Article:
DALGARNO RESEARCH REPORTS
Dalgarno Institute Research Reports are a great resource that aims to provide current research to users. The reports take key up-to-date evidence-based data relating to Alcohol and Other Drug issues and deliver it in a format that is easier to use for reference purposes. The data may have some commentary, but is generally representative of source evidence, whilst culling the extraneous. All data in the reports is referenced and cited so as to enable the user to further investigate the topic/issue if required.
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Getting enough sleep – Eating right – Little Bit of exercise, and cut down on sugar and ‘screen time’ will all help Executive Function and reduce the potential for SUD?
Adolescent Executive Dysfunction in Daily Life: Relationships to Risks, Brain Structure and Substance Use.
During adolescence, problems reflecting cognitive, behavioural and affective dysregulation, such as inattention and emotional dyscontrol, have been observed to be associated with substance use disorder (SUD) risks and outcomes. Prior studies have typically been with small samples, and have typically not included comprehensive measurement of executive dysfunction domains. The relationships of executive dysfunction in daily life with performance based testing of cognitive skills and structural brain characteristics, thought to be the basis for executive functioning, have not been definitively determined. The aims of this study were to determine the relationships between executive dysfunction in daily life, measured by the Behaviour Rating Inventory of Executive Function (BRIEF), cognitive skills and structural brain characteristics, and SUD risks, including a global SUD risk indicator, sleep quality, and risky alcohol and cannabis use. In addition to bivariate relationships, multivariate models were tested. The subjects (n = 817; ages 12 through 21) were participants in the National Consortium on Alcohol and Neurodevelopment in Adolescence (NCANDA) study.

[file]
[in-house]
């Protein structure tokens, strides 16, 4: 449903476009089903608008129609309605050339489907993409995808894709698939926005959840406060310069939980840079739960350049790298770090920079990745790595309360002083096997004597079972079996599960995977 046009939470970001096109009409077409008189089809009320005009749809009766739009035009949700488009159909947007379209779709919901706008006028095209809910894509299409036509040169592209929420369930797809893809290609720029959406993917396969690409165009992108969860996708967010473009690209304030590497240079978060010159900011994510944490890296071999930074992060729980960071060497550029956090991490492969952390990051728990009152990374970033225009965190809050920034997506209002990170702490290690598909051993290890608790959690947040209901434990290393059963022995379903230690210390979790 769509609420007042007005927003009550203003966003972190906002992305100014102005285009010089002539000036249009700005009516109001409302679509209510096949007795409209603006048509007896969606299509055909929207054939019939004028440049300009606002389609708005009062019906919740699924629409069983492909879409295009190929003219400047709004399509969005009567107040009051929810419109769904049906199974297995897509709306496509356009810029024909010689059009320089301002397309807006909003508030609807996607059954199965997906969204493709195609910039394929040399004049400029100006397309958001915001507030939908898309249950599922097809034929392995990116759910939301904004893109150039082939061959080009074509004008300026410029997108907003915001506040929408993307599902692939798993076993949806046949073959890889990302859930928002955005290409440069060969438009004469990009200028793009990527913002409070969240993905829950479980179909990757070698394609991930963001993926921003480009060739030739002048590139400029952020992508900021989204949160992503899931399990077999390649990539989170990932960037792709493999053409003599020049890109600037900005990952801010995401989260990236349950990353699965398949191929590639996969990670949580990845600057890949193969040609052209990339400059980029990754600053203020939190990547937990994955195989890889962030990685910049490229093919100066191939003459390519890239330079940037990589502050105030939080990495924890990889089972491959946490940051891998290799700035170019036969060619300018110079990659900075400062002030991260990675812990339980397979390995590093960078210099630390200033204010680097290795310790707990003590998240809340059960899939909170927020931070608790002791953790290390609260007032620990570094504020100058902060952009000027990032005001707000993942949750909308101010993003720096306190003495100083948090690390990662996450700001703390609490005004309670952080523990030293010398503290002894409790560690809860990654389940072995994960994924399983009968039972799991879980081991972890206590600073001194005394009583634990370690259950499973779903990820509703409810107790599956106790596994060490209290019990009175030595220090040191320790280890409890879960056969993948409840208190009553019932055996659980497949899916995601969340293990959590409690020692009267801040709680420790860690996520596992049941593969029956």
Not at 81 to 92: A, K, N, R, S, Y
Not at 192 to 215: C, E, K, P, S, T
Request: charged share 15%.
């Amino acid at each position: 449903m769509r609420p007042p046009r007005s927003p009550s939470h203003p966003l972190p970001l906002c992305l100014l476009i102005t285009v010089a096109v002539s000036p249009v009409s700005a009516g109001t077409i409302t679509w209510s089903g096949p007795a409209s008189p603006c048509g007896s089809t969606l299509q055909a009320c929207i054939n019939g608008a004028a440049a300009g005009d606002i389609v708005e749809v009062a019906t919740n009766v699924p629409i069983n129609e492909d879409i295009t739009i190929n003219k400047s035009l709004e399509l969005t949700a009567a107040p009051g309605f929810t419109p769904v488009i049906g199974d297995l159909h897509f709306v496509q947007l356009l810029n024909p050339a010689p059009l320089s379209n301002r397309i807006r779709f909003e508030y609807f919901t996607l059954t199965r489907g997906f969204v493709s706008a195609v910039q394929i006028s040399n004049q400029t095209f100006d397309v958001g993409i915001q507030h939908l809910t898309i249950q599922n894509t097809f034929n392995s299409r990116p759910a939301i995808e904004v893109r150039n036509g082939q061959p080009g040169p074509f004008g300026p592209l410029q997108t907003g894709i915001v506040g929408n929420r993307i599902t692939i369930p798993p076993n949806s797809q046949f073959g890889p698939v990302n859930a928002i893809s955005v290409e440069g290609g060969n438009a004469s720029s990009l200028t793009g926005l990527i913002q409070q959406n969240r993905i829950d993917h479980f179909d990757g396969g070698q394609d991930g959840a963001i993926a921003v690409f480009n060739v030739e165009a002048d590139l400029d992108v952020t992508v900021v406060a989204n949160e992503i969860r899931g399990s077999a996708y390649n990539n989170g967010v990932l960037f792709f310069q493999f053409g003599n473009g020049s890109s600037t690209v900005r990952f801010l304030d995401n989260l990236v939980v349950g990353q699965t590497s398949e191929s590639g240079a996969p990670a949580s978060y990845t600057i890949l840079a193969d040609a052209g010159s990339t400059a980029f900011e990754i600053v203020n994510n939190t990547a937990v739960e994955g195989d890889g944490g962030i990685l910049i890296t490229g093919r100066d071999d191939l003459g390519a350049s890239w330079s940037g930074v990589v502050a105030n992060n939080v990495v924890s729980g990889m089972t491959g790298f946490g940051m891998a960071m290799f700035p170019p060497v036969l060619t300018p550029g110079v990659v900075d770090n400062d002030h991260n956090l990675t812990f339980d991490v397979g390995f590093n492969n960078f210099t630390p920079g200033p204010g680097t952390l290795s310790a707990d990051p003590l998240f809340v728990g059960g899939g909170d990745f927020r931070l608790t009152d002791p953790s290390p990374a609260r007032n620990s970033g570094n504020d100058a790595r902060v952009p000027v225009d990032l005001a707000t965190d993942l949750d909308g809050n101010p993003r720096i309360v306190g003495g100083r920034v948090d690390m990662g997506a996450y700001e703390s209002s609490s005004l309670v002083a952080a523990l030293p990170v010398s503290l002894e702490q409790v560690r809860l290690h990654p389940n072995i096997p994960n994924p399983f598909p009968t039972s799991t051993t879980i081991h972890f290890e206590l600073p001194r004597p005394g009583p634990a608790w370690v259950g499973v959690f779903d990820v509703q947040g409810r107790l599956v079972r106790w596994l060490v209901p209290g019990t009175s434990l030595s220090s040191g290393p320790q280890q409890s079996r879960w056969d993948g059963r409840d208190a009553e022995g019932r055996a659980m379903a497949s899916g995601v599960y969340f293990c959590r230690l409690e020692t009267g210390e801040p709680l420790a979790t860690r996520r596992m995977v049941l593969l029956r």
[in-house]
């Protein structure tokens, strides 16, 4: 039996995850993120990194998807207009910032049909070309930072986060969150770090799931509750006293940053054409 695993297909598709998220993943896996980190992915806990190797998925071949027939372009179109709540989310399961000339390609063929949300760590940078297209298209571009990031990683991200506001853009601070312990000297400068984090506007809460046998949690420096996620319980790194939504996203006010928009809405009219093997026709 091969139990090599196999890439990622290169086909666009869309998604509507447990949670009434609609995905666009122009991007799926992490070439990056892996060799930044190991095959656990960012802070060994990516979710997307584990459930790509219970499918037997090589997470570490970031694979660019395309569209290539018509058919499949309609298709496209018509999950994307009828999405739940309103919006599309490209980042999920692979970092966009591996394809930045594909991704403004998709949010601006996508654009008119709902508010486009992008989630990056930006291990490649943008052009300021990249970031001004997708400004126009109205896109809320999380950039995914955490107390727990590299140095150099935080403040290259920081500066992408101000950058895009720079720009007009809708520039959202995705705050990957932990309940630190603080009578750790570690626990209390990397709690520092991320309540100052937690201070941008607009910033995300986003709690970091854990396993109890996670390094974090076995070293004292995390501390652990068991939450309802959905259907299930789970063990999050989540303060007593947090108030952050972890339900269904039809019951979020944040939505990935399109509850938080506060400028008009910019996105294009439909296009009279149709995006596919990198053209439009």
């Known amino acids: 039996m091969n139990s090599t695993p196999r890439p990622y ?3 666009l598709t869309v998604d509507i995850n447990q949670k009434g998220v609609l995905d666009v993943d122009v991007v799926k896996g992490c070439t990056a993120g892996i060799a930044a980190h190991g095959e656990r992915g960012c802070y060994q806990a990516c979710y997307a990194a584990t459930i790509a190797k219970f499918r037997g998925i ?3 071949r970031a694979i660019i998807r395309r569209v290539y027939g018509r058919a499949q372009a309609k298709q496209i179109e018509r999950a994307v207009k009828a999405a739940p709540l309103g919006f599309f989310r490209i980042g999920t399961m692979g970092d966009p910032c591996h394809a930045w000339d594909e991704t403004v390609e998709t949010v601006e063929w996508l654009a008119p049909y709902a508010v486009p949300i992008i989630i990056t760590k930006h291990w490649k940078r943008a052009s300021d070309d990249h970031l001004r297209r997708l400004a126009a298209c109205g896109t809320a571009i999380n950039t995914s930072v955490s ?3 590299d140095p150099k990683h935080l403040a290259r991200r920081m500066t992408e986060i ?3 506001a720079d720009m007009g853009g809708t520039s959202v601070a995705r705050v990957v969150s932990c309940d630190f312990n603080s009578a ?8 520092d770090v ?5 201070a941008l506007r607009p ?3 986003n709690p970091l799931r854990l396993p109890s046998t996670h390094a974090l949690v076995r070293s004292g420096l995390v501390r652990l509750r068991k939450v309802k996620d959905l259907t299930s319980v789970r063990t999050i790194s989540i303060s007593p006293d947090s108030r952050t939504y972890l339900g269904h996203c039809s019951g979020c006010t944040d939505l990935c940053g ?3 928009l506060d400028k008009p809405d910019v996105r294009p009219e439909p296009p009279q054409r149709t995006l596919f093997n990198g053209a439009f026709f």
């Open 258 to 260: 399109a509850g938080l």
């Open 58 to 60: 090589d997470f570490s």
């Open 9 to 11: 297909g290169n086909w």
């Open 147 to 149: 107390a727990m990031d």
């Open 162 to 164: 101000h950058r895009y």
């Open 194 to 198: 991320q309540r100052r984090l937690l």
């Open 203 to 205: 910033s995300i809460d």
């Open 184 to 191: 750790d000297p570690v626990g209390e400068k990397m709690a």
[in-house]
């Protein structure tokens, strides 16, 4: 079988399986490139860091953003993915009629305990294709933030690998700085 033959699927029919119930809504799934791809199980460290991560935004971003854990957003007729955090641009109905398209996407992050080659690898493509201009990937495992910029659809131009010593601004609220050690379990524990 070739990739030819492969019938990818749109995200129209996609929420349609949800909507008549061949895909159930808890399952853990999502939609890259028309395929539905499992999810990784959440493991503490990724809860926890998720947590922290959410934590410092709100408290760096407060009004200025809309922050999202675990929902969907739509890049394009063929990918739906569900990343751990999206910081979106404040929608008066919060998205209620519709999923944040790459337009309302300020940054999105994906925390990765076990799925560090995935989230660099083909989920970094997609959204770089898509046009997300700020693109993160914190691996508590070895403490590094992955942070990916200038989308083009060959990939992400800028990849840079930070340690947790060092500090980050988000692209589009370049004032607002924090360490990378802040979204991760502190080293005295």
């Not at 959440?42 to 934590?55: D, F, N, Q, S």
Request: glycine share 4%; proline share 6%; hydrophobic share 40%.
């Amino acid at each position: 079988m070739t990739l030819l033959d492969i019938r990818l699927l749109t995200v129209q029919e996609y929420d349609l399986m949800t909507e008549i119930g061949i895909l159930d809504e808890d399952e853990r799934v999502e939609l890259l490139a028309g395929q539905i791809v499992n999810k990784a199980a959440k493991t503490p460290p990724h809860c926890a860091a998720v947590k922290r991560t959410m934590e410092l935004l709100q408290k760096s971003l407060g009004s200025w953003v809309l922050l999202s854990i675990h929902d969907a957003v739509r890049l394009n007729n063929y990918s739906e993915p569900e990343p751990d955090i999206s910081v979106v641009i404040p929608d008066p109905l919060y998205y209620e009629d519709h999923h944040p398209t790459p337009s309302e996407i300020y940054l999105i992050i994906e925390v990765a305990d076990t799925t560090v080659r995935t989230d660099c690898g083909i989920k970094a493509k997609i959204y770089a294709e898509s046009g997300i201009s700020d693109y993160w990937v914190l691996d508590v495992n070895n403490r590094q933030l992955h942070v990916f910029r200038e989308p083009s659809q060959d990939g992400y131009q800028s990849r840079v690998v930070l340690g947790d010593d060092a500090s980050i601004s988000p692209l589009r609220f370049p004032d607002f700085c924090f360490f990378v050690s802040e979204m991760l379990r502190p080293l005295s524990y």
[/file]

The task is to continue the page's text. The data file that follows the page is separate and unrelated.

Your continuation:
The results indicated that executive dysfunction was significantly related to SUD risks, poor sleep quality, risky alcohol use and cannabis use, and was not significantly related to cognitive skills or structural brain characteristics. In multivariate models, the relationship between poor sleep quality and risky substance use was mediated by executive dysfunction. While these cross-sectional relationships need to be further examined in longitudinal analyses, the results suggest that poor sleep quality and executive dysfunction may be viable preventive intervention targets to reduce adolescent substance use.
A psychological perspective on addiction – Professor Robert West
Addiction is a chronic condition, learned through experience, involving repeated powerful motivation to engage in a behaviour to an extent that causes, or risks, significant unintended harm. Addiction cannot be adequately understood in terms of any one discipline, but each of the disciplines of the behavioural and social sciences, from neuroscience to anthropology, can provide valuable insights.
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Research on Illicit Drugs
- Basic science - Bedrock of progress
- Cannabis Abusers Show Hypofrontality and Blunted Brain Responses to a Stimulant Challenge in Females but not in Males
- Chronic Methamphetamine Effects on Brain Structure and Function in Rats
- Don't Worry, Be Happy - Endocannabinoids and Cannabis at the Intersection of Stress and Reward
- Is biological ageing accelerated in drug addiction, Volkow, Klein, 2017
- Neurobiology of addiction - a neurocircuitry analysis